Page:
29. Q: What's your typical work process?

  30. A: I recieve references from the client, I draft up 3 short demos each with something done differently. Depending on what the client liked/disliked, I narrow down what sounds the best to them, and then work on the full production. Typically the revision rounds last about 3 or 4 back and forths, before we get the product done. If the project required vocals, then I would create demo vocals either with my own singing, or with Dreamtonics SynthV.

  31. Q: Tell us about your studio setup.

  32. A: I mainly use a pair of Mackie CR-3s, and augment that with both my HD280s and my DT990s. I use a MOTU M2 interface, and do all my work on an ROG Strix G15.

  33. Q: What other musicians or music production professionals inspire you?

  34. A: I am infinitely inspired by the works of Al Schmitt, and I really enjoy how Julian Lage's "Room with a View" sounds, Mark Goodell is immensely talented. Manfred Eicher is also a personal hero of mine, and I look up to a lot of his records. In terms of songwriting, Stevie Wonder, The Carpenters, Billy Joel are all names that immediately pop up for me. I also have been really digging Pale Waves, The Marias, tennyson, dwilly. I very much enjoy a mix of both acoustic and electronic music.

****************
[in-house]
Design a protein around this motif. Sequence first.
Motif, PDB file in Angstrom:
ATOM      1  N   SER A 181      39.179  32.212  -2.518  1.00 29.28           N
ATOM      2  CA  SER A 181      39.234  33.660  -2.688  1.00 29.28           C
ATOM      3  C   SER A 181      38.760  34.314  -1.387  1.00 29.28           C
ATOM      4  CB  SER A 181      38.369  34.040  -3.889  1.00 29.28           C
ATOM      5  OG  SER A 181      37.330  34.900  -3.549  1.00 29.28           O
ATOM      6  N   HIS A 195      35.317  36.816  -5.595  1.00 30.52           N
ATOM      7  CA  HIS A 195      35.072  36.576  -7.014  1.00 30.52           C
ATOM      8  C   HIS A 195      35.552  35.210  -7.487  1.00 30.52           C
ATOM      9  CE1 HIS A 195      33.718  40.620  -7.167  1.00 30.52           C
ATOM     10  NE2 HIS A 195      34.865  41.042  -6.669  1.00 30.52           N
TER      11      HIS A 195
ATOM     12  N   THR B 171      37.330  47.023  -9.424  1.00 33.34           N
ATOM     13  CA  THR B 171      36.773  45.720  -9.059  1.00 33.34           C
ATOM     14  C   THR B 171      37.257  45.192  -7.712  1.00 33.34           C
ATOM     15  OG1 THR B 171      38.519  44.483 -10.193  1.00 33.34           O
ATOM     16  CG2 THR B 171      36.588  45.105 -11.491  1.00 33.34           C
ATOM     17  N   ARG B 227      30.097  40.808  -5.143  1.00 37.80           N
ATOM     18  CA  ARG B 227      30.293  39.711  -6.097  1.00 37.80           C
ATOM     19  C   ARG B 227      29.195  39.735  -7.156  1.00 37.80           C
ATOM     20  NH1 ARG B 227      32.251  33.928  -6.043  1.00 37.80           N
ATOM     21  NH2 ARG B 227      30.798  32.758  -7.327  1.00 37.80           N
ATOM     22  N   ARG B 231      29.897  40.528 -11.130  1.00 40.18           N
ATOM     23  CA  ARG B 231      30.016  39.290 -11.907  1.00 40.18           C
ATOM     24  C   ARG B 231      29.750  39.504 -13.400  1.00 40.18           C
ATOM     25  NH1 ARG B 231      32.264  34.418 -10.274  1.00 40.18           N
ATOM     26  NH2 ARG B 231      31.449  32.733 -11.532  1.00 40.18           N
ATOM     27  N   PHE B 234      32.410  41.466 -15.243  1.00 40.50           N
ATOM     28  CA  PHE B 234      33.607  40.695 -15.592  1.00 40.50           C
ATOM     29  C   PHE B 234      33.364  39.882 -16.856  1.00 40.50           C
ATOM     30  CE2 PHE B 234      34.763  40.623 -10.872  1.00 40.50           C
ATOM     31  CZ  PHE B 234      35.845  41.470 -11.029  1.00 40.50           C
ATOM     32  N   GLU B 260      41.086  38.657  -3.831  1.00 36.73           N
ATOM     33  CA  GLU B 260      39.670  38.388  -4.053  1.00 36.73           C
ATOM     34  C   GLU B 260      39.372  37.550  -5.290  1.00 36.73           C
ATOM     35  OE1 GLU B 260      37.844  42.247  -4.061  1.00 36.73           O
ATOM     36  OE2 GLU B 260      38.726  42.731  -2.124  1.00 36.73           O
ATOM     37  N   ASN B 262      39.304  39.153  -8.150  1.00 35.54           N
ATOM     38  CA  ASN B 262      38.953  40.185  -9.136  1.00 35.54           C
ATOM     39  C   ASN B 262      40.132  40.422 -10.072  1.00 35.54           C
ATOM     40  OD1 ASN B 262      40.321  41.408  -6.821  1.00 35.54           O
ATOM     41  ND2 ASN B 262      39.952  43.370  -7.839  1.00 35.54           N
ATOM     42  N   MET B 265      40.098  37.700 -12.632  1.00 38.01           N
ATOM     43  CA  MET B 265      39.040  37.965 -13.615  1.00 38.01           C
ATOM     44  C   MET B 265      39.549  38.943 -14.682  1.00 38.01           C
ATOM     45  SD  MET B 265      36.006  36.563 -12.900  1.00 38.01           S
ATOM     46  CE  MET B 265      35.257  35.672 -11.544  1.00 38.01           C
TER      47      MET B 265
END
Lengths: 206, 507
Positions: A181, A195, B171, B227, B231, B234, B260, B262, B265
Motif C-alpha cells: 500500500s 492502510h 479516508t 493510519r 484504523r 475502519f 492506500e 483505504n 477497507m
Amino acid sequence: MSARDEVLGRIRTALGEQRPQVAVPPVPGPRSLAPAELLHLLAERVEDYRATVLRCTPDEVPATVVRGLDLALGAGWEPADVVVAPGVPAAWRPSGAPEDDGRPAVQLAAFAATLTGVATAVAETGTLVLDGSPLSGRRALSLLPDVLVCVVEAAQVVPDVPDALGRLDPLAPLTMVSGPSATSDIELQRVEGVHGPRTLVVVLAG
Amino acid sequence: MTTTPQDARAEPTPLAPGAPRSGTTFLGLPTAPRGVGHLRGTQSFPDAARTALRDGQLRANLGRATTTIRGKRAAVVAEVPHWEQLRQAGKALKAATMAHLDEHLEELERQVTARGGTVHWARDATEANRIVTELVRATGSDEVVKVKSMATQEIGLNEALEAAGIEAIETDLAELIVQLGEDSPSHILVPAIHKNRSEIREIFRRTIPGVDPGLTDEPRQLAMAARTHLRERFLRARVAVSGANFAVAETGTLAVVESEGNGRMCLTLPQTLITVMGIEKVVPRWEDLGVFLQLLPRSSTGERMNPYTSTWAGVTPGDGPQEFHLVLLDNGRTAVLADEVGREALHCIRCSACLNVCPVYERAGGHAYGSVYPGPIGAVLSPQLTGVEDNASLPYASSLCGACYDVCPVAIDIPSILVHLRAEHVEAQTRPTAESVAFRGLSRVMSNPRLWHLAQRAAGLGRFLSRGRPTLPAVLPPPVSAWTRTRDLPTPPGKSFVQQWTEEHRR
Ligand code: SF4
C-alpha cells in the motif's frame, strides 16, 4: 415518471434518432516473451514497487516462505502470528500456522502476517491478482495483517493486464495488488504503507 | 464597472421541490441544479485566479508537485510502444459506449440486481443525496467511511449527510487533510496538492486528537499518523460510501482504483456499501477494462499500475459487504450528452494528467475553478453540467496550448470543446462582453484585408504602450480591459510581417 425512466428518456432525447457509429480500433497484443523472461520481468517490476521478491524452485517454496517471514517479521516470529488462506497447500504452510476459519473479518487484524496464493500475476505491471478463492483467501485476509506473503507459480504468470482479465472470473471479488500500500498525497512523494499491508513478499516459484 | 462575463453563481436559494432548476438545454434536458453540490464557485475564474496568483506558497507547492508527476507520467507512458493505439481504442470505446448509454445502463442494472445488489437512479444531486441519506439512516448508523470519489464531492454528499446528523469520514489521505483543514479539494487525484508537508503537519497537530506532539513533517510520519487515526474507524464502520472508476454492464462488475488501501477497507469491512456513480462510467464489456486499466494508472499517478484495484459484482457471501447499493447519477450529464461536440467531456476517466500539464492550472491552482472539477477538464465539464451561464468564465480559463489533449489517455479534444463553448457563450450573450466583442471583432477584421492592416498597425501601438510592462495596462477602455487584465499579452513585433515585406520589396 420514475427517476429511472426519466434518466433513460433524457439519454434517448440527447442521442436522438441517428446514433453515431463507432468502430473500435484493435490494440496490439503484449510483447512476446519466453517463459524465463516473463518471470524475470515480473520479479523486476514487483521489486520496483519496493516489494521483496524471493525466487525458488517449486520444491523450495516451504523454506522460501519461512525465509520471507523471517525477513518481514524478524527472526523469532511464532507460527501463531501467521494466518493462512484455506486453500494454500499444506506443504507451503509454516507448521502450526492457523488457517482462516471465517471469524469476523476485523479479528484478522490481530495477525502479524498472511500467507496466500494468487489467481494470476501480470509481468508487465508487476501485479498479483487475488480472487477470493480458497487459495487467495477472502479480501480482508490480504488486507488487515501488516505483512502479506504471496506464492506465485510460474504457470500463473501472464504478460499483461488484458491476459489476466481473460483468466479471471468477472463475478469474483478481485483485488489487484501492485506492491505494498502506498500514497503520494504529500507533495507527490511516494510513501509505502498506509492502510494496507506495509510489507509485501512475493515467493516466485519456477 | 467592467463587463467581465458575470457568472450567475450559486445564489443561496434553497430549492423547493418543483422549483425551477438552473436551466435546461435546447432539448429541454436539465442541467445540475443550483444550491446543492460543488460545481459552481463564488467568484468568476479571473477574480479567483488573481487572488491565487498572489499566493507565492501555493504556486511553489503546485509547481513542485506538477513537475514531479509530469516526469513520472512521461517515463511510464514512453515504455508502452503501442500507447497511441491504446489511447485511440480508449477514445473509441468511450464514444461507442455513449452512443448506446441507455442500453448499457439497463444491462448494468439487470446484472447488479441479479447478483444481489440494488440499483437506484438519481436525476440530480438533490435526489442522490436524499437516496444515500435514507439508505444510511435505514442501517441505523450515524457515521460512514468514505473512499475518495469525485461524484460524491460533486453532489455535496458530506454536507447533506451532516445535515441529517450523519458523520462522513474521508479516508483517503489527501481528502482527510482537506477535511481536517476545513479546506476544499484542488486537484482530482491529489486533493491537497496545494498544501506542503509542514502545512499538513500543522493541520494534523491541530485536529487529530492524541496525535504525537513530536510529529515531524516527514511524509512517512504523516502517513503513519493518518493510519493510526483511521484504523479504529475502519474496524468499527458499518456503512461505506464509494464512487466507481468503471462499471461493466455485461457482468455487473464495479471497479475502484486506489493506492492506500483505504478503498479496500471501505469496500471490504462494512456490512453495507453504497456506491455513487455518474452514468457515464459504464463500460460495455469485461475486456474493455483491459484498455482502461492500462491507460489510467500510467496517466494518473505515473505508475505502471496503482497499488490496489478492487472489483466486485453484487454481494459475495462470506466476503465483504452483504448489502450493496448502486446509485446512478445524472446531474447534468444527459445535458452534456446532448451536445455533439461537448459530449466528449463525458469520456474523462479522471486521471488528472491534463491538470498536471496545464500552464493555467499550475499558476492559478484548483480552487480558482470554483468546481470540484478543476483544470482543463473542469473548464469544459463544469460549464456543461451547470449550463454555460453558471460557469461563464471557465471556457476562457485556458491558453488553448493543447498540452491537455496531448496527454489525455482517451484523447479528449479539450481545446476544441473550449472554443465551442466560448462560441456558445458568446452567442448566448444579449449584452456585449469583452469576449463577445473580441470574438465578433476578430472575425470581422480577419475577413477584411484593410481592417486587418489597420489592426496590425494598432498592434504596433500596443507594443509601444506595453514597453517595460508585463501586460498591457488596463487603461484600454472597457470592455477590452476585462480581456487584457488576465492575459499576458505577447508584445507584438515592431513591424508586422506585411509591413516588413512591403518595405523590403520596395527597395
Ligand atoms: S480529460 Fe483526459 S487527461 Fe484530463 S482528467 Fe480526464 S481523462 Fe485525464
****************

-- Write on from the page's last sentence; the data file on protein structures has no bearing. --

35. Q: Describe the most common type of work you do for your clients.

  36. A: I mainly do full production work, so I do the songwriting, arrangement, music production and mixing for a project. I usually send off the audio to a mastering engineer I regularly work with.

Times in a Jotoheim - Night Version

I was the Orchestrator and Mixing Engineer in this production